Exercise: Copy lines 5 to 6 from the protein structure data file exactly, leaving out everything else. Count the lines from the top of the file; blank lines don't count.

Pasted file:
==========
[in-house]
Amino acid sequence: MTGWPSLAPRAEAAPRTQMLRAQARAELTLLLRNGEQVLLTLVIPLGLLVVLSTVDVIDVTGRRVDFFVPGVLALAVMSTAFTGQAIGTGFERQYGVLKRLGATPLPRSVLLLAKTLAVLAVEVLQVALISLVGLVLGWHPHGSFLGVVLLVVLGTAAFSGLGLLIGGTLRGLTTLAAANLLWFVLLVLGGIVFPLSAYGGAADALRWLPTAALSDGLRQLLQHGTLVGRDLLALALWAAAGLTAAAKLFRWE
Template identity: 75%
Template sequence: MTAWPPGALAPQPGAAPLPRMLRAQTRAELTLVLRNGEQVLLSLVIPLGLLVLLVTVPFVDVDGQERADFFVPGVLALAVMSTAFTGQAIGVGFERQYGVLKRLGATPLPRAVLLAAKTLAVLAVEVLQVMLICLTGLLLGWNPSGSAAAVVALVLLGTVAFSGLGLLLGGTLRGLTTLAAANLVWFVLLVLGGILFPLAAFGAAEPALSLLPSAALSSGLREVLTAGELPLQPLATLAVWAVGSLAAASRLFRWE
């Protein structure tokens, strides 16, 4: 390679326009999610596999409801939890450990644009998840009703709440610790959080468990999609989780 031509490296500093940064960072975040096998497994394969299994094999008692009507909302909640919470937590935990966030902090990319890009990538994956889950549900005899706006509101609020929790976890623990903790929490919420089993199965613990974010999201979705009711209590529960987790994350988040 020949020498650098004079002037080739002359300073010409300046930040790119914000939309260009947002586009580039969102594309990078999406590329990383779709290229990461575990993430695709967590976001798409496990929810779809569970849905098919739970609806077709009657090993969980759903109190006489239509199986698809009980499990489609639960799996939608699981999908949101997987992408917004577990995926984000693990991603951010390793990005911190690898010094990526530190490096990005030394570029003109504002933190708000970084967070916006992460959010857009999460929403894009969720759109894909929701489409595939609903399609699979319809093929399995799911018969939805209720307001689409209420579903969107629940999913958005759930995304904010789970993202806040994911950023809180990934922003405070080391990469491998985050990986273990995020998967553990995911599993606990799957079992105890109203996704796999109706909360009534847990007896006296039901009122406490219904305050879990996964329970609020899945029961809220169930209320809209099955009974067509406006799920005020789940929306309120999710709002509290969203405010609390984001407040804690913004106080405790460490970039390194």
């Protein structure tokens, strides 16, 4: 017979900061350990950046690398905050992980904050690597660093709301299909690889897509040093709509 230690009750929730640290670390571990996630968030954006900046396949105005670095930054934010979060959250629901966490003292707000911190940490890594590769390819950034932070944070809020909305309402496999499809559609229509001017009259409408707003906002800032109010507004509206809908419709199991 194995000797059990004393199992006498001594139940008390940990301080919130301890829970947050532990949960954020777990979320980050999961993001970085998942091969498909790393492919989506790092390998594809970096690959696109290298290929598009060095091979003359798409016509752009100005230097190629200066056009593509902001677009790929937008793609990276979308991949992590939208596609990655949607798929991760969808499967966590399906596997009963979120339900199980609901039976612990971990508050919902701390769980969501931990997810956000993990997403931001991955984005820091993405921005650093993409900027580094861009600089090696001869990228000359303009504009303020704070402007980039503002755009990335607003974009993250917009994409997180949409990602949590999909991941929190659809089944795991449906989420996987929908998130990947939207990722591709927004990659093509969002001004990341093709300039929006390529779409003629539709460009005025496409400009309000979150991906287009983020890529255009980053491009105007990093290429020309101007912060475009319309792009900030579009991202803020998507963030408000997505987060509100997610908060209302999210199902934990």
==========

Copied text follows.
């Protein structure tokens, strides 16, 4: 390679326009999610596999409801939890450990644009998840009703709440610790959080468990999609989780 031509490296500093940064960072975040096998497994394969299994094999008692009507909302909640919470937590935990966030902090990319890009990538994956889950549900005899706006509101609020929790976890623990903790929490919420089993199965613990974010999201979705009711209590529960987790994350988040 020949020498650098004079002037080739002359300073010409300046930040790119914000939309260009947002586009580039969102594309990078999406590329990383779709290229990461575990993430695709967590976001798409496990929810779809569970849905098919739970609806077709009657090993969980759903109190006489239509199986698809009980499990489609639960799996939608699981999908949101997987992408917004577990995926984000693990991603951010390793990005911190690898010094990526530190490096990005030394570029003109504002933190708000970084967070916006992460959010857009999460929403894009969720759109894909929701489409595939609903399609699979319809093929399995799911018969939805209720307001689409209420579903969107629940999913958005759930995304904010789970993202806040994911950023809180990934922003405070080391990469491998985050990986273990995020998967553990995911599993606990799957079992105890109203996704796999109706909360009534847990007896006296039901009122406490219904305050879990996964329970609020899945029961809220169930209320809209099955009974067509406006799920005020789940929306309120999710709002509290969203405010609390984001407040804690913004106080405790460490970039390194």
């Protein structure tokens, strides 16, 4: 017979900061350990950046690398905050992980904050690597660093709301299909690889897509040093709509 230690009750929730640290670390571990996630968030954006900046396949105005670095930054934010979060959250629901966490003292707000911190940490890594590769390819950034932070944070809020909305309402496999499809559609229509001017009259409408707003906002800032109010507004509206809908419709199991 194995000797059990004393199992006498001594139940008390940990301080919130301890829970947050532990949960954020777990979320980050999961993001970085998942091969498909790393492919989506790092390998594809970096690959696109290298290929598009060095091979003359798409016509752009100005230097190629200066056009593509902001677009790929937008793609990276979308991949992590939208596609990655949607798929991760969808499967966590399906596997009963979120339900199980609901039976612990971990508050919902701390769980969501931990997810956000993990997403931001991955984005820091993405921005650093993409900027580094861009600089090696001869990228000359303009504009303020704070402007980039503002755009990335607003974009993250917009994409997180949409990602949590999909991941929190659809089944795991449906989420996987929908998130990947939207990722591709927004990659093509969002001004990341093709300039929006390529779409003629539709460009005025496409400009309000979150991906287009983020890529255009980053491009105007990093290429020309101007912060475009319309792009900030579009991202803020998507963030408000997505987060509100997610908060209302999210199902934990």